Akintoye said: “Some former members, such as Armenia, East Timor, Estonia, Latvia, Georgia and Palau have gained full independence and have joined the United Nations, UN, as full members. The peoples represented within the UNPO membership are all united by one shared condition: they are denied their equitable level of representation and voice in the institutions of the countries to which they currently belong and in international governance. “As a consequence, their opportunity to participate on the national or international stage is limited and unfair, and they struggle against difficulties in their effort to realise their rights to civil and political participation and to control their own economic, social and cultural development”. “In many cases, they live under pressure of the worst forms of violence and repression, such as is being perpetrated by armed herdsmen and militias, as well as by terrorist outfit like Boko Haram, that terrorises many peoples of Nigeria, including our Yoruba nation.
This violence and repression are being adroitly and surreptitiously supported by the government of Nigeria. In some cases, members of UNPO need serious help because they live in countries and under governments that actively resist their progress and destroy their achievements, as our Yoruba nation lives in Nigeria. The UNPO is able to address issues that often remain hidden because UNPO has the freedom to raise issues that others cannot raise due to political or funding constraints. Today, UNPO has more than 40 member-nations.” Professor Banji Akintoye is a concentrated Yoruba nation theorist, activist, mouthpiece, motivator, guardian angel and its most tireless advocate. Akintoye’s shining star in the struggle for Yoruba nationhood rests on his resilience, his digital activism, his angry cadences, his incantatory knack for organisation, his audacious call for the Balkanisation of Nigeria into many competing sovereign nations and his subjective passion for a reimagined Yoruba nation of prideful prosperity, power, peace and progress.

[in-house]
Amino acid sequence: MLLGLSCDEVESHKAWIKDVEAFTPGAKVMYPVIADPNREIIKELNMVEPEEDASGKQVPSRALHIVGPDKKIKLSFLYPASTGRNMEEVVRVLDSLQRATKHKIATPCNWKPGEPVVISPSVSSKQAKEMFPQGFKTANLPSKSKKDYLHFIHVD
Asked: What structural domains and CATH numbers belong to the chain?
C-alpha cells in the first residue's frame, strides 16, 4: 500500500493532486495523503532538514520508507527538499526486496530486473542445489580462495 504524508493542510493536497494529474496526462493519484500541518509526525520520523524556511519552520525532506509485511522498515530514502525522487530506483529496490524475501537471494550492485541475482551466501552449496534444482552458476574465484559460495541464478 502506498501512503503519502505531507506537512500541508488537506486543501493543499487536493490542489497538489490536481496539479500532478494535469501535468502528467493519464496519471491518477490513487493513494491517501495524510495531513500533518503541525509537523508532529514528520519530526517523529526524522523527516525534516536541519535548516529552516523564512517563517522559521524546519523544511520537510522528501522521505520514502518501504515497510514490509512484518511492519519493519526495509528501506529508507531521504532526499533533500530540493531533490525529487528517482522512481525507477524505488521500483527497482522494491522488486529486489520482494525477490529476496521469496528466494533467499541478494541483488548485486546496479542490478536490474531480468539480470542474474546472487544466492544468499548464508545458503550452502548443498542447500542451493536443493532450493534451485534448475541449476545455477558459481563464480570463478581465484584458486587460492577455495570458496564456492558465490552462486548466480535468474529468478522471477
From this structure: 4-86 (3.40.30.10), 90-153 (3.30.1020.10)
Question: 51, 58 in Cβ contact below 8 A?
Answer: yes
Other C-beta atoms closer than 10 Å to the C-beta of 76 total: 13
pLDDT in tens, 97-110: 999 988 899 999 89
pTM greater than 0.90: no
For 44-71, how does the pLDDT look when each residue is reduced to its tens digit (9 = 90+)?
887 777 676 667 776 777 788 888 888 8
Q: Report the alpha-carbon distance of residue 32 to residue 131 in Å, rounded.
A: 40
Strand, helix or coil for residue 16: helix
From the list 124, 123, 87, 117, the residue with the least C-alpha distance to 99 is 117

He is the Yoruba nation’s independent-obsessed global diplomat! He understands the fierce urgency of now or never! However, beyond the recent glad cry of triumphalism as 45th member of UNPO, Yoruba race should come under an urgent hard talk on collective unity. If we could force inclusion into UNPO through genuine debate, campaign through international diplomacy and the co-production of broadly plausible arguments for a Yoruba nation, then the harder task now is to initiate a process of persuasion to forge oneness, unity, reconciliation, cohesion and a common destiny among the disparage Yoruba race. Akogun Tola Adeniyi in his 2011 lecture mentioned that the Yoruba race was faced with bastardisation which was a byword for disunity. Unity is one of the core areas of failure or challenge, if you like, among the modern day Omo Oodua. We are in profound disarray throughout the world. Associated with that is the difficulty of unity among scattered, vociferous and independent-minded people. What is in circulation is this distorting banal picture of saints and sinners who articulate their own selfish vision and strive to realize it, not minding the damage to the collective will of the Yoruba people.
Some dark conjurers say that Yoruba disunity is foreordained in the character of the average member of the race. Disunity may have understandable roots, like say, in our natural assertiveness, free thinking mentality, love of independence, hatred of grovelling subservience, personal ambition, but its consequences have been far-reaching in its conflictual predilections and infelicities.